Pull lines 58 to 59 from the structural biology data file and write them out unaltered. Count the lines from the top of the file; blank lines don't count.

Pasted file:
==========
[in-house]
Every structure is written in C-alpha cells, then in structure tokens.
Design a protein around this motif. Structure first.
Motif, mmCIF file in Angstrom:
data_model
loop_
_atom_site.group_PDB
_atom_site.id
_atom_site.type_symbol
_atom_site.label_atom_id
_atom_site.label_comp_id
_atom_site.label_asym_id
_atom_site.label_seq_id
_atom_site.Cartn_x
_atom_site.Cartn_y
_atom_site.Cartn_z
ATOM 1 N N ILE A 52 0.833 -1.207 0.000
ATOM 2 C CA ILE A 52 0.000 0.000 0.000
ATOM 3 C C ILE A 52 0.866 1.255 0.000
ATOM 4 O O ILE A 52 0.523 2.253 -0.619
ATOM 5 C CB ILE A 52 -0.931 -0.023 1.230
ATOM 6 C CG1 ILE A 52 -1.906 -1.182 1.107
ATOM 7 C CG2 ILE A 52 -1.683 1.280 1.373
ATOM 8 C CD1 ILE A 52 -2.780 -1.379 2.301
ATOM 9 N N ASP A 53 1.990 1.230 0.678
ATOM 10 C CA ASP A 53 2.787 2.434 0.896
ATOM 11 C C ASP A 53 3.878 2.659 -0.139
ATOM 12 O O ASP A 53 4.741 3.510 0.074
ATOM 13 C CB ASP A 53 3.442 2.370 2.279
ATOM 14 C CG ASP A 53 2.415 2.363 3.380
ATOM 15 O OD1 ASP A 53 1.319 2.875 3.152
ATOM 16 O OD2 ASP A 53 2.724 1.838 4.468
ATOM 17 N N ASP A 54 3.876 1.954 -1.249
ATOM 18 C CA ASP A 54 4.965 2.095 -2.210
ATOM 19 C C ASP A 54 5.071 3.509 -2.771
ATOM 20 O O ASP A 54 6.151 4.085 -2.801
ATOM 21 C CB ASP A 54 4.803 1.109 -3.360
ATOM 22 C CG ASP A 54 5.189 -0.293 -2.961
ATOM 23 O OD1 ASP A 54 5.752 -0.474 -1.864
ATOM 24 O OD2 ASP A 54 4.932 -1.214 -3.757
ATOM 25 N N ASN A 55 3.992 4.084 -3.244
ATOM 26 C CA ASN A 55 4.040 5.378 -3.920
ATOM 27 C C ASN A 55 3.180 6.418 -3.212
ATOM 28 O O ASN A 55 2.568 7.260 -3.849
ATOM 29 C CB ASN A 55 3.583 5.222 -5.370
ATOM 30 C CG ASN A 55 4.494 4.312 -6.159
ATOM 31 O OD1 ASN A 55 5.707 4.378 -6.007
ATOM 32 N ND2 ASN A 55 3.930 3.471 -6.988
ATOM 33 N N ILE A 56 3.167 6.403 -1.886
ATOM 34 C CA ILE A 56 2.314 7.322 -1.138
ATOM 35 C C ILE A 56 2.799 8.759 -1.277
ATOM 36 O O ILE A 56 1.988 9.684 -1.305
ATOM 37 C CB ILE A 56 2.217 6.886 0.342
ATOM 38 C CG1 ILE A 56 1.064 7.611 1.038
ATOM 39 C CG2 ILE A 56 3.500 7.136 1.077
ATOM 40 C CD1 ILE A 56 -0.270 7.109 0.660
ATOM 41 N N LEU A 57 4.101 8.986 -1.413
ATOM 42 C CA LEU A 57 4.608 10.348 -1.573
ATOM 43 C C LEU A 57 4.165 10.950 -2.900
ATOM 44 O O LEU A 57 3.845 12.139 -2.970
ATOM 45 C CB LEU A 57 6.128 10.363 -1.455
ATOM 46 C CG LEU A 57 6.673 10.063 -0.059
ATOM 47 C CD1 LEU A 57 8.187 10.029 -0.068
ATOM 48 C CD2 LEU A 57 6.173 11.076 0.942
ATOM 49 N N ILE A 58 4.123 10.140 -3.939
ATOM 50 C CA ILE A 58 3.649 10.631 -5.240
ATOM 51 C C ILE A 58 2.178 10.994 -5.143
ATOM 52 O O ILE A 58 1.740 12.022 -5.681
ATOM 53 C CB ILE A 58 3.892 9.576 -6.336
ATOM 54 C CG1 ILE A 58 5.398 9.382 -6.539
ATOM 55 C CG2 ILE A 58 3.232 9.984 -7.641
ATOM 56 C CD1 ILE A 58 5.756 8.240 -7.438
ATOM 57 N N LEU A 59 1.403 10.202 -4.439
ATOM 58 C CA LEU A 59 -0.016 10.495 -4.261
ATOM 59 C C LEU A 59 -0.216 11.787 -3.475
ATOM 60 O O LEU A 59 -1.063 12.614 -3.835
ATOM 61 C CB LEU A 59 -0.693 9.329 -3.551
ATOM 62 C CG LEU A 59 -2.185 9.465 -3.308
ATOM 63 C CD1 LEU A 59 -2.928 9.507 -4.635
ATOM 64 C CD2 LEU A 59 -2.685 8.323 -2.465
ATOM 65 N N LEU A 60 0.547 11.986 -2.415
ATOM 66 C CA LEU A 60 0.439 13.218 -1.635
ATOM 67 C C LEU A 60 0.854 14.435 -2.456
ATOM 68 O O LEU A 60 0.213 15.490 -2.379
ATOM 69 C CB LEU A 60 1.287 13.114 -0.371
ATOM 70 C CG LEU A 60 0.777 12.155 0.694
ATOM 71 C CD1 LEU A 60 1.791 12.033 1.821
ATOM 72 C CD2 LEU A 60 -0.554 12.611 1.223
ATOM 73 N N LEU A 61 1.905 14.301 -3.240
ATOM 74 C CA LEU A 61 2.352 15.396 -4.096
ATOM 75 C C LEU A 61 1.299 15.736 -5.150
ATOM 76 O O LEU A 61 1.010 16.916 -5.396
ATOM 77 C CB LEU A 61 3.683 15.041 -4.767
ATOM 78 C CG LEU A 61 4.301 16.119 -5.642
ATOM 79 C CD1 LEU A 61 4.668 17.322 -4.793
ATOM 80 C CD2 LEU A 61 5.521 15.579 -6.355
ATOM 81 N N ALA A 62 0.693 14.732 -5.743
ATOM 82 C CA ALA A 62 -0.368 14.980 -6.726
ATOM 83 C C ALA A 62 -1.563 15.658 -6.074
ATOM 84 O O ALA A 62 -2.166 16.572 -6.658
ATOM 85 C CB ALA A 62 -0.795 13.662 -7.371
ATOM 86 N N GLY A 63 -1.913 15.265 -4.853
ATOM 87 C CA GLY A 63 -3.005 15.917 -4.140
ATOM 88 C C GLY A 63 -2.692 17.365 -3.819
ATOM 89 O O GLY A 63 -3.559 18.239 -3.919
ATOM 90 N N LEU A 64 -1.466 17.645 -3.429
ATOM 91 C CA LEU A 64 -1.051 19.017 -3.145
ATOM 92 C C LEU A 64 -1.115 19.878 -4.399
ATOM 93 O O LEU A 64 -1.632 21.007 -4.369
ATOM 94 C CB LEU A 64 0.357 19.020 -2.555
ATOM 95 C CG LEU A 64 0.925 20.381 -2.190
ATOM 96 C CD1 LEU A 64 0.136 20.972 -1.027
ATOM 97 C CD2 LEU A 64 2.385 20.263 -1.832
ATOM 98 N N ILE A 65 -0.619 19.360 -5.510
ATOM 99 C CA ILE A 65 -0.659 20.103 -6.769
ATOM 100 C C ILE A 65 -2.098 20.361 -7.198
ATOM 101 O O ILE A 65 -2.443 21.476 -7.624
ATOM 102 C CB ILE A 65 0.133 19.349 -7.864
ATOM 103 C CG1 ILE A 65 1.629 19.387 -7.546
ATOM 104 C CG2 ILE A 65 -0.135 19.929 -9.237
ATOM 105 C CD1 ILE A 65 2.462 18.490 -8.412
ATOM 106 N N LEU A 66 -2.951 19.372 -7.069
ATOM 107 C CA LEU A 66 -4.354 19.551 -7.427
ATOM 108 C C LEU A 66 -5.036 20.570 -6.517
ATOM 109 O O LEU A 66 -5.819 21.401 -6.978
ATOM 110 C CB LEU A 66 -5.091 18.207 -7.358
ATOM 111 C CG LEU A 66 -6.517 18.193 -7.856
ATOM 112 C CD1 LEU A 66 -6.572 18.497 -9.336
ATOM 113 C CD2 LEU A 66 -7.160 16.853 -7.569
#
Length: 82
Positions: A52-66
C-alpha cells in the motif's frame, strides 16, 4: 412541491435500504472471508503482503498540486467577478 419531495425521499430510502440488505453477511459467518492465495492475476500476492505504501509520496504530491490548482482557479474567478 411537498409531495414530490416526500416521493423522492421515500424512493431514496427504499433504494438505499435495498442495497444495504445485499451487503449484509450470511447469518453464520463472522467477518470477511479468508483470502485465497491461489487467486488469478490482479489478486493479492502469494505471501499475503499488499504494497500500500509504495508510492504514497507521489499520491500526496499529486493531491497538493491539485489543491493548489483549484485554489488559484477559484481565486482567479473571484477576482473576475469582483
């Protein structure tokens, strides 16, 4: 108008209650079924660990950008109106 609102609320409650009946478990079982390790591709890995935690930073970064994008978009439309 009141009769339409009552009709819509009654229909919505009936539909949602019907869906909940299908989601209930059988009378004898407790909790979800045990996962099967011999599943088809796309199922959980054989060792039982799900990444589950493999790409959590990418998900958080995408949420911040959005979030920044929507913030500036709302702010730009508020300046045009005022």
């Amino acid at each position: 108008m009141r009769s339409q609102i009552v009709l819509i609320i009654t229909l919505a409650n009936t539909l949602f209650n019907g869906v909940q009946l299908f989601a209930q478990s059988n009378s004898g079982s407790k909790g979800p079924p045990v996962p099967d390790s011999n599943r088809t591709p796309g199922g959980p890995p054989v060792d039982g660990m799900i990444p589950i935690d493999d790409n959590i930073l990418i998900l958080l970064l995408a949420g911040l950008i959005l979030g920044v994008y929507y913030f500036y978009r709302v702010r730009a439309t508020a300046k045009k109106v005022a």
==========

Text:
ATOM 42 C CA LEU A 57 4.608 10.348 -1.573
ATOM 43 C C LEU A 57 4.165 10.950 -2.900